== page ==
IHT: Understanding the new Family Home Allowance

5th July 2017

New rules surrounding Inheritance Tax were introduced from April 5th 2017, that have potentially removed millions of family homes from the impact of Inheritance Tax. The rules and exemptions are quite complicated, however, and many people could miss out completely unless they review their wills, while it could pay others to start giving away their wealth, or even remarry.

inheritance tax

How does Inheritance Tax (IHT) work?

Under current legislation, spouses and civil partners can pass all of their estate to each other without any tax arising; however, IHT may be payable when it comes to passing assets down to younger generations.

In this instance, a tax-free “nil-rate band” of £325,000 can be applied to the value of the estate before any IHT is due.   For example, an estate valued at £500,000 would only invite IHT on the remaining £175,000, once the nil-rate band had been applied.

What has changed? – introduction of the “Residence Nil-rate Band”

As of April 5th 2017 a new allowance, the “residence nil-rate band” (RNRB), allows a further reduction on the IHT due during the sale of a family home. This new allowance will start at £100,000 per individual, rising to £125,000 in 2018, £150,000 in 2019 and £175,000 in 2020.

As with the basic nil-rate band, it is transferable between spouses, which permits them potentially to pass on wealth up to £1m without incurring tax.

What’s the catch?

The allowance is not as generous as it first sounds, as not everyone will qualify for the new perk. For example, those without children, many business owners, and also estates worth more than £2m will, in most instances, be unable to take advantage of the allowance.

Previous wills incorporating tax-planning solutions for earlier circumstances may now be redundant and potentially dangerous for the individual, as many traditional estate-planning arrangements will no longer work and should be revisited. Likewise, those looking to take income in retirement but also looking to pass on wealth should now take the opportunity to revisit the most tax-effective ways of doing this.

There are some other key conditions of the allowance and rules surrounding its use that we cover below;

Who can inherit?

The new allowance is available only when estates are directly inherited by children, stepchildren, adopted children or grandchildren. It will not apply if property is left to nieces or nephews, for example, or brothers or sisters.

It will also not be available when property has been left in trust, which is why wills should be revisited urgently.

The residency test

To claim the RNRB, you must leave a property as part of your estate and must have lived in it as your main residence at some point. A property that has always been a buy-to-let, for example, will not qualify.

What if you downsize?

It is possible to protect the RNRB if you sell your family home to move to a smaller property, or into rented accommodation or a nursing home.

Essentially, if you have sold a property after July 8th 2015, you should calculate what percentage of the RNRB could have been claimed had you died after April 2017 and still been living there. This additional allowance can still be used to offset inheritance tax against other assets on death.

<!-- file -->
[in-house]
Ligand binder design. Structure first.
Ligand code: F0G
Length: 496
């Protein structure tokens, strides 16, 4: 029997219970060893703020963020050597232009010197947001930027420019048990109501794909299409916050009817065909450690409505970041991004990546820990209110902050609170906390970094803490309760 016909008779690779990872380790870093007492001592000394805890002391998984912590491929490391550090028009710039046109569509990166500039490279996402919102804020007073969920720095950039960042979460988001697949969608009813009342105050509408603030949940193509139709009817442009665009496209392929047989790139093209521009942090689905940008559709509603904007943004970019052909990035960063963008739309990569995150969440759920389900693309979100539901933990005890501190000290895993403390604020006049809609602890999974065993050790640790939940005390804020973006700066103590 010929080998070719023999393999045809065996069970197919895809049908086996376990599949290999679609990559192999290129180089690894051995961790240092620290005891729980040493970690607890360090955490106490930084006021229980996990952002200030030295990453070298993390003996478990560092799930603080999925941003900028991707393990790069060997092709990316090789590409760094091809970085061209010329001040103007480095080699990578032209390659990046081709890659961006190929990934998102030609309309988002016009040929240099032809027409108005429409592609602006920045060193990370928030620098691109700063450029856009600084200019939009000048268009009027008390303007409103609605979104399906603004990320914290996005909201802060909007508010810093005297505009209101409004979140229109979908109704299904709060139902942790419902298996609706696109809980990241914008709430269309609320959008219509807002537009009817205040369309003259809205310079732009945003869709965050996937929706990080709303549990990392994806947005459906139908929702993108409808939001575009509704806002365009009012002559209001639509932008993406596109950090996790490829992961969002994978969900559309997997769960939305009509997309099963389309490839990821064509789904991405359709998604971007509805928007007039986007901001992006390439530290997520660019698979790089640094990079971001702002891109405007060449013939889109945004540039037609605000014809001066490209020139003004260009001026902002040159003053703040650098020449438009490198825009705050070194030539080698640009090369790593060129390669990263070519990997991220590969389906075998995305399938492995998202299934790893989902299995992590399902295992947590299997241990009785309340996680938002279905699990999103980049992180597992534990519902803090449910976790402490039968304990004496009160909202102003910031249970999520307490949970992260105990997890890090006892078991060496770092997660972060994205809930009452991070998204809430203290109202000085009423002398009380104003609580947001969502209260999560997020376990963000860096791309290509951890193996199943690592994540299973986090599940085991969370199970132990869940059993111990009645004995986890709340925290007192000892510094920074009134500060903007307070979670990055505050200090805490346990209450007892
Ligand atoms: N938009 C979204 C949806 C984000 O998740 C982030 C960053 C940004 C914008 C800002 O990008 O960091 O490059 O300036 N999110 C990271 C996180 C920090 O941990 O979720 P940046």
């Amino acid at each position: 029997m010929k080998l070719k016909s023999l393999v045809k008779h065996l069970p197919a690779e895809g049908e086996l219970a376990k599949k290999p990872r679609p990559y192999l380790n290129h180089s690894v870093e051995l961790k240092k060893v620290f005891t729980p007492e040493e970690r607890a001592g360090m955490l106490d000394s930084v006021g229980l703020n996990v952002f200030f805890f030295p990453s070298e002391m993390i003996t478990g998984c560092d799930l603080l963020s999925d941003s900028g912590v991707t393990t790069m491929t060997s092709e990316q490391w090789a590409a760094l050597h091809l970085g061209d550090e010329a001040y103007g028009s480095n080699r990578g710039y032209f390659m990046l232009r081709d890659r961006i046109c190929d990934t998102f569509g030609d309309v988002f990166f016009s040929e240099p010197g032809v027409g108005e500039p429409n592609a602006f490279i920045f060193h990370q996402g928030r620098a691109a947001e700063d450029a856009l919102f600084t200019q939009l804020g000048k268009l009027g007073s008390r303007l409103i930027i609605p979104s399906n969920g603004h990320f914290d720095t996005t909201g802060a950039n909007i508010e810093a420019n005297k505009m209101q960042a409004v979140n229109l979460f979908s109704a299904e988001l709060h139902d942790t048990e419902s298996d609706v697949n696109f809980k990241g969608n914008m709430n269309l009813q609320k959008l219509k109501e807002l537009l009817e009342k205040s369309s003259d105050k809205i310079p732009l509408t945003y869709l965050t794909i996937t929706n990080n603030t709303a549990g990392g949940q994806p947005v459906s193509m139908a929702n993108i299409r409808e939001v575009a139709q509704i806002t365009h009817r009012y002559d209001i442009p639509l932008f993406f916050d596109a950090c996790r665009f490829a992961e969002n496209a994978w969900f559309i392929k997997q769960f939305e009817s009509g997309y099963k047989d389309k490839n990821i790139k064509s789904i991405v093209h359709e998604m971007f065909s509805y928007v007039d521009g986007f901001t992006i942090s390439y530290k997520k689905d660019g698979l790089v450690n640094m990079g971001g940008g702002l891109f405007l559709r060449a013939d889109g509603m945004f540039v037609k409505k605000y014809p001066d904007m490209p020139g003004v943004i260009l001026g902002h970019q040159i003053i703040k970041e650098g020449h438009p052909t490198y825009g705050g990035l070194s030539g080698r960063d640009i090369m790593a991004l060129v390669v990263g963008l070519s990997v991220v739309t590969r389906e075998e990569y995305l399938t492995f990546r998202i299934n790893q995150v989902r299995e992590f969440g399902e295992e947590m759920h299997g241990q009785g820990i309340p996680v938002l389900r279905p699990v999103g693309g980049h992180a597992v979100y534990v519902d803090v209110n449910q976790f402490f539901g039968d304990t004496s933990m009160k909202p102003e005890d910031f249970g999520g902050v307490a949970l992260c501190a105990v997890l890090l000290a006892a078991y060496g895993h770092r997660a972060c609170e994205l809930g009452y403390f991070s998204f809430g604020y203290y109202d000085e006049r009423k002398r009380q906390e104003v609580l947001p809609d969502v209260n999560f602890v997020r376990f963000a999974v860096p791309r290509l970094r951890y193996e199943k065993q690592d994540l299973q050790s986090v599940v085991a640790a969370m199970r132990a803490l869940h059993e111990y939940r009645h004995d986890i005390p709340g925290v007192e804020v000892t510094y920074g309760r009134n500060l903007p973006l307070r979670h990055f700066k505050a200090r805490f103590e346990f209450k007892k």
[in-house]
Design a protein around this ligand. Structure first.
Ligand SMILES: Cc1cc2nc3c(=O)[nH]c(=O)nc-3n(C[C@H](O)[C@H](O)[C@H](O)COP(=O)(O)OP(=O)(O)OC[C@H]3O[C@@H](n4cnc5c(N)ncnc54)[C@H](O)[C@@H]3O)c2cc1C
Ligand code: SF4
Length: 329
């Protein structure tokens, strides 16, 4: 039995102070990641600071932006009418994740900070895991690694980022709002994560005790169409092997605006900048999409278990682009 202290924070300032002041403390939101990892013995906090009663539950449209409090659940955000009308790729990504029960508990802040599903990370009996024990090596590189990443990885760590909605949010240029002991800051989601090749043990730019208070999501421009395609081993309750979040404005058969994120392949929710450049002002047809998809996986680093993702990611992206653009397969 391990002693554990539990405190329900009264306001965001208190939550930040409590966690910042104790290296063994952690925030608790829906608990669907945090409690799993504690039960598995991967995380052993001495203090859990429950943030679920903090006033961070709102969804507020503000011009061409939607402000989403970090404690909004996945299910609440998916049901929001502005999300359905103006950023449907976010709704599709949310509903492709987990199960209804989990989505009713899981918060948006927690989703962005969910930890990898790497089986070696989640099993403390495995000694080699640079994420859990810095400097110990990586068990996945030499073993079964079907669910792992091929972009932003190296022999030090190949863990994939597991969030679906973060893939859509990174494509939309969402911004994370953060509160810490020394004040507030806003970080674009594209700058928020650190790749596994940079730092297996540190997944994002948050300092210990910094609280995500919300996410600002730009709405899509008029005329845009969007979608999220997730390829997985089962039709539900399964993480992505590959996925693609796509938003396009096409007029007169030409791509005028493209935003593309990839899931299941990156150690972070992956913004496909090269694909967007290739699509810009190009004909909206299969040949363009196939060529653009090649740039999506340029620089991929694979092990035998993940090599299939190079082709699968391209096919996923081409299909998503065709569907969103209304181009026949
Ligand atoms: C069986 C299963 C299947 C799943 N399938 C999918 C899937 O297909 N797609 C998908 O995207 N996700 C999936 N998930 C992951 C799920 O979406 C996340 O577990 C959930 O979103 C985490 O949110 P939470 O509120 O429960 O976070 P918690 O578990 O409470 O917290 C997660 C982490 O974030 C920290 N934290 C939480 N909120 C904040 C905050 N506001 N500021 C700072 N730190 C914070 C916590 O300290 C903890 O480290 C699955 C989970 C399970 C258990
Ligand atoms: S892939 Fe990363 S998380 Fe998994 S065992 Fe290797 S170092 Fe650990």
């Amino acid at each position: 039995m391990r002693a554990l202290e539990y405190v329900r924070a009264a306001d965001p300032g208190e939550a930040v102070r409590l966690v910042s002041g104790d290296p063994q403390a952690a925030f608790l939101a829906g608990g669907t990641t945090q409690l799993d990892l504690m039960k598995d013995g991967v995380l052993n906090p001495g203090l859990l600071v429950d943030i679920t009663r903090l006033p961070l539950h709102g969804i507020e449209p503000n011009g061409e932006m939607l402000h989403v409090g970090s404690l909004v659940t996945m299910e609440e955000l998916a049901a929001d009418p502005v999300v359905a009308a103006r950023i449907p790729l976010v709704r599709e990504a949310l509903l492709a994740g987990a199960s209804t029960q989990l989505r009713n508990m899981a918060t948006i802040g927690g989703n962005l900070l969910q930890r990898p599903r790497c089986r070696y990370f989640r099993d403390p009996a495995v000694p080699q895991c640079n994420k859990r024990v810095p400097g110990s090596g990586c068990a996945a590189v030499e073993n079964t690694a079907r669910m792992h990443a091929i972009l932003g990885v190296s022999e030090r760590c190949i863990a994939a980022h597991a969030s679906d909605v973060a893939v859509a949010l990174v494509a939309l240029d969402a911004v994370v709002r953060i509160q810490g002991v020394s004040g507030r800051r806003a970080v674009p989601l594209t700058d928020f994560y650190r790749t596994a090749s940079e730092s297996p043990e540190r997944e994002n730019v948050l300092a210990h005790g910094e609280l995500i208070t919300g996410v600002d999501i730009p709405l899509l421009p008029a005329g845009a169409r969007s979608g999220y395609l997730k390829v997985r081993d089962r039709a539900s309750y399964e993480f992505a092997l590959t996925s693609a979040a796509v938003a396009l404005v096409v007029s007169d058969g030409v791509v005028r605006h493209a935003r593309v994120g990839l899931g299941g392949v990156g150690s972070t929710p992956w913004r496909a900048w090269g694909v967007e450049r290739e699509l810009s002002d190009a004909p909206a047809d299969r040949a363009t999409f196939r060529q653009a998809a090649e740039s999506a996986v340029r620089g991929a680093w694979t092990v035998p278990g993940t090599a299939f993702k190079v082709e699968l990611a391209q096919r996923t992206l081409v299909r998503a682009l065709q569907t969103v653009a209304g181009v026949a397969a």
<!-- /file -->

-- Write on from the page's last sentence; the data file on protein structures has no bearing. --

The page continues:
Can I give wealth away before I die to avoid tax?

You can give small gifts tax-free. But when disposing of significant assets you may be able to mitigate inheritance tax via what are known as “potentially exempt transfers”. Provided that you survive seven years after making such gifts, they are removed from your estate.

After three years, any tax on gifts that exceed the nil-rate band is tapered on a sliding scale.

What about the £2m clawback?

Estates worth more than £2m will see the new inheritance tax break clawed back, losing £1 of the allowance for every £2 in extra wealth. But many people who do not consider themselves particularly wealthy could be hit by this penalty.

For example, a husband might die with a net estate of property and investments worth £1m and leave everything to his spouse tax-free. By the time she dies, her assets, including her husband’s bequest, might be worth £3m, rendering both her RNRB and her husband’s redundant.

However, this could have been avoided if she had begun to make lifetime gifts under the potentially exempt transfer rules. For the purpose of claiming the RNRB, any gifts are immediately and completely removed from the estate.

Can I inherit more than one set of IHT tax breaks?

In theory, you can inherit only one nil-rate band and one residential band. But with careful planning it may be possible to benefit from a second spouse’s allowances.

Why business owners miss out?

Business owners are particularly vulnerable to the loss of the RNRB. Most businesses can be passed down the family free from IHT because they qualify for a perk called Business Property Relief. However, even when this is the case, its value will be included in the value of estates for RNRB purposes, frequently pushing them above the £2m hurdle.

With so many conditions, exemptions and potential pitfalls to consider with the new Family Home Allowance, we suggest speaking to one of our tax or finance advisers to fully discuss your individual circumstances.

Allan.Russell@ttrbarnes.com

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Dean.Smith@ttrbarnes.com 

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Article written with information taken from The Daily Telegraph.

Chartered Accountants in Sunderland, offering expertise on everything from Tax and Business Planning,
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